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I know that electric field $E=-∇V.$ But since the only given parameter is the potential on the surface. Is it possible to calculate the potential everywhere (positions besides the surface)?

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    $\begingroup$ You should put the shape in the question. Don't ask the full question in the title. Is the cylindrical shape finite or infinitely long? The title mentions the electric field, but the question text asks about the potential. $\endgroup$ – Bill N Nov 4 '18 at 13:42
  • $\begingroup$ I think more information about the problem needs to be given. Where are you wanting to determine the field? Is this a physical cylinder with certain properties? $\endgroup$ – BioPhysicist Nov 4 '18 at 16:07
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I'm fairly sure you get elliptic integrals in the solution to this ... assuming of course you are not talking about an infinitely long cylinder. These are a class of somewhat tricky but extremely thoroughly studied integral. They certainly arise in similar problems in electrostatics & magnetostatics.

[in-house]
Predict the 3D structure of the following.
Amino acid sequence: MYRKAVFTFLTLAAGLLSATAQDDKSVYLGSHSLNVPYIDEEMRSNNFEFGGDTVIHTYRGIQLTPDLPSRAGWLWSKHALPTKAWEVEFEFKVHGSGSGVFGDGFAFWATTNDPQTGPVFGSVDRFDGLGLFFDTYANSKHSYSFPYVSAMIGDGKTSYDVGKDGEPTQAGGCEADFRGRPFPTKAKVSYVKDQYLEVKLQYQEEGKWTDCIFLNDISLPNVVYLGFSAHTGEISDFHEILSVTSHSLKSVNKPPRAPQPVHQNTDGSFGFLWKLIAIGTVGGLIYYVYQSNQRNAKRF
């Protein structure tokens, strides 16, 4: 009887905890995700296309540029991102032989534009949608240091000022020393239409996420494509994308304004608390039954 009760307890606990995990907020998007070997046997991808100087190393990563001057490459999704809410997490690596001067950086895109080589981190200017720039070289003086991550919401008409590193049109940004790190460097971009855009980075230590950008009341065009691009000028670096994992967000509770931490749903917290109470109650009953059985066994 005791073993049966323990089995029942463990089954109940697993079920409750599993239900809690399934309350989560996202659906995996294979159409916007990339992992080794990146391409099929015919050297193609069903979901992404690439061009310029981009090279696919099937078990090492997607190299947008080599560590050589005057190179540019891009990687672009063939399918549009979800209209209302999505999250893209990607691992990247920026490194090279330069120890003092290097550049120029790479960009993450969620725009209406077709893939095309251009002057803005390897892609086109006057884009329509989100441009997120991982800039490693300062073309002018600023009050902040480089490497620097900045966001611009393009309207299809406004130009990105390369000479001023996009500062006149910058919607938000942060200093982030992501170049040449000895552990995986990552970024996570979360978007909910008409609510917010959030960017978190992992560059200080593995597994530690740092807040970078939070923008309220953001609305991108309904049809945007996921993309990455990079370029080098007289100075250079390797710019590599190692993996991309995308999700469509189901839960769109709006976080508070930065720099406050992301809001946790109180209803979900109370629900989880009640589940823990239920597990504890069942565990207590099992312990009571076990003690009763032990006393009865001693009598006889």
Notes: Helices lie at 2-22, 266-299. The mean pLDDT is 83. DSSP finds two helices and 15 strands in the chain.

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There is not a unique solution without more given information. To make a simpler contrived analogy, it is like asking to find the function $f(x)$ and its derivative $f'(x)$ such that $f(3)=5$. Multiple functions have this property, so there is not a unique solution.

The issue is you are just specifying a function (potential) in some region of space. So as long as the field has that gradient on the cylinder, then it can do anything (consistent with electrostatics) anywhere else. You would need to introduce more constraints into the problem to determine a unique solution. (If there were other constraints you were assuming, you should put them in the question).

For example, if you are given the potential on the cylinder and are only interested in the field outside of the cylinder where the charge density $\rho=0$, then you are essentially solving the Laplace equation $\nabla^2V=0$, and that solution would be unique.

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  • $\begingroup$ The potential is not the derivative. The electric field components are derivatives of the potential. The field is the gradient of the potential. $\endgroup$ – Bill N Nov 4 '18 at 13:48
  • $\begingroup$ @Bill N Oops my bad! I got turned around. Will edit accordingly when I can. $\endgroup$ – BioPhysicist Nov 4 '18 at 13:59

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